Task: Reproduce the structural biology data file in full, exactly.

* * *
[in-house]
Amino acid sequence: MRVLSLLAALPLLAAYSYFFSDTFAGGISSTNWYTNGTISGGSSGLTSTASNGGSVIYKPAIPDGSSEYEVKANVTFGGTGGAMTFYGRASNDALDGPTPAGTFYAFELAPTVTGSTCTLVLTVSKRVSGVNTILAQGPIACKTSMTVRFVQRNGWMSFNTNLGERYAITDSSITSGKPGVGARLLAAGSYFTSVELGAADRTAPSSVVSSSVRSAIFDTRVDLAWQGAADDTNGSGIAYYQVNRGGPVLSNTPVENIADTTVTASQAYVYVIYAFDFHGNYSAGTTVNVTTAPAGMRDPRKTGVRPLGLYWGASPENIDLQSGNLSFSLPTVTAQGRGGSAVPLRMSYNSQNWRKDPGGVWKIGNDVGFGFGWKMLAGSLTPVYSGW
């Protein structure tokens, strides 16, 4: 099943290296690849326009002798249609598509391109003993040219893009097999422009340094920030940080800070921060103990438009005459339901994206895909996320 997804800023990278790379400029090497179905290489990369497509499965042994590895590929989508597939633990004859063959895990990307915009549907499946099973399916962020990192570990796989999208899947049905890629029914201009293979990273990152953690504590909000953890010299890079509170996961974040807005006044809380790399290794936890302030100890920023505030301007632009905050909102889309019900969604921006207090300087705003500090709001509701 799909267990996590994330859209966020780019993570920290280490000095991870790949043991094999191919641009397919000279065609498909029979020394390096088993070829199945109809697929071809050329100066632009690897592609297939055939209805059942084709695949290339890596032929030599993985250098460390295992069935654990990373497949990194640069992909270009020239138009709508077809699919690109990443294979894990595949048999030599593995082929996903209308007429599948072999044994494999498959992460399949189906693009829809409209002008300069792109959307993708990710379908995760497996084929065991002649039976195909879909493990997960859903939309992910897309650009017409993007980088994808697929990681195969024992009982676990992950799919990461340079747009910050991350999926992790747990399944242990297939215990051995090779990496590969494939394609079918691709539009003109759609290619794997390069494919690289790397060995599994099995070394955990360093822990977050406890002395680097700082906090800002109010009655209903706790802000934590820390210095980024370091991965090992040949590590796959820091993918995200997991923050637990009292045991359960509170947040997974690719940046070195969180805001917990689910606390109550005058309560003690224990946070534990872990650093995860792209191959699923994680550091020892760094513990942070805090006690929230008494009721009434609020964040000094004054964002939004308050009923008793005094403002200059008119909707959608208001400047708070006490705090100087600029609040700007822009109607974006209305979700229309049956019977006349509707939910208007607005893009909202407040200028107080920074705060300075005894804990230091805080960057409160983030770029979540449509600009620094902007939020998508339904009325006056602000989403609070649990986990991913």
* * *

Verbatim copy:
[in-house]
Amino acid sequence: MRVLSLLAALPLLAAYSYFFSDTFAGGISSTNWYTNGTISGGSSGLTSTASNGGSVIYKPAIPDGSSEYEVKANVTFGGTGGAMTFYGRASNDALDGPTPAGTFYAFELAPTVTGSTCTLVLTVSKRVSGVNTILAQGPIACKTSMTVRFVQRNGWMSFNTNLGERYAITDSSITSGKPGVGARLLAAGSYFTSVELGAADRTAPSSVVSSSVRSAIFDTRVDLAWQGAADDTNGSGIAYYQVNRGGPVLSNTPVENIADTTVTASQAYVYVIYAFDFHGNYSAGTTVNVTTAPAGMRDPRKTGVRPLGLYWGASPENIDLQSGNLSFSLPTVTAQGRGGSAVPLRMSYNSQNWRKDPGGVWKIGNDVGFGFGWKMLAGSLTPVYSGW
């Protein structure tokens, strides 16, 4: 099943290296690849326009002798249609598509391109003993040219893009097999422009340094920030940080800070921060103990438009005459339901994206895909996320 997804800023990278790379400029090497179905290489990369497509499965042994590895590929989508597939633990004859063959895990990307915009549907499946099973399916962020990192570990796989999208899947049905890629029914201009293979990273990152953690504590909000953890010299890079509170996961974040807005006044809380790399290794936890302030100890920023505030301007632009905050909102889309019900969604921006207090300087705003500090709001509701 799909267990996590994330859209966020780019993570920290280490000095991870790949043991094999191919641009397919000279065609498909029979020394390096088993070829199945109809697929071809050329100066632009690897592609297939055939209805059942084709695949290339890596032929030599993985250098460390295992069935654990990373497949990194640069992909270009020239138009709508077809699919690109990443294979894990595949048999030599593995082929996903209308007429599948072999044994494999498959992460399949189906693009829809409209002008300069792109959307993708990710379908995760497996084929065991002649039976195909879909493990997960859903939309992910897309650009017409993007980088994808697929990681195969024992009982676990992950799919990461340079747009910050991350999926992790747990399944242990297939215990051995090779990496590969494939394609079918691709539009003109759609290619794997390069494919690289790397060995599994099995070394955990360093822990977050406890002395680097700082906090800002109010009655209903706790802000934590820390210095980024370091991965090992040949590590796959820091993918995200997991923050637990009292045991359960509170947040997974690719940046070195969180805001917990689910606390109550005058309560003690224990946070534990872990650093995860792209191959699923994680550091020892760094513990942070805090006690929230008494009721009434609020964040000094004054964002939004308050009923008793005094403002200059008119909707959608208001400047708070006490705090100087600029609040700007822009109607974006209305979700229309049956019977006349509707939910208007607005893009909202407040200028107080920074705060300075005894804990230091805080960057409160983030770029979540449509600009620094902007939020998508339904009325006056602000989403609070649990986990991913």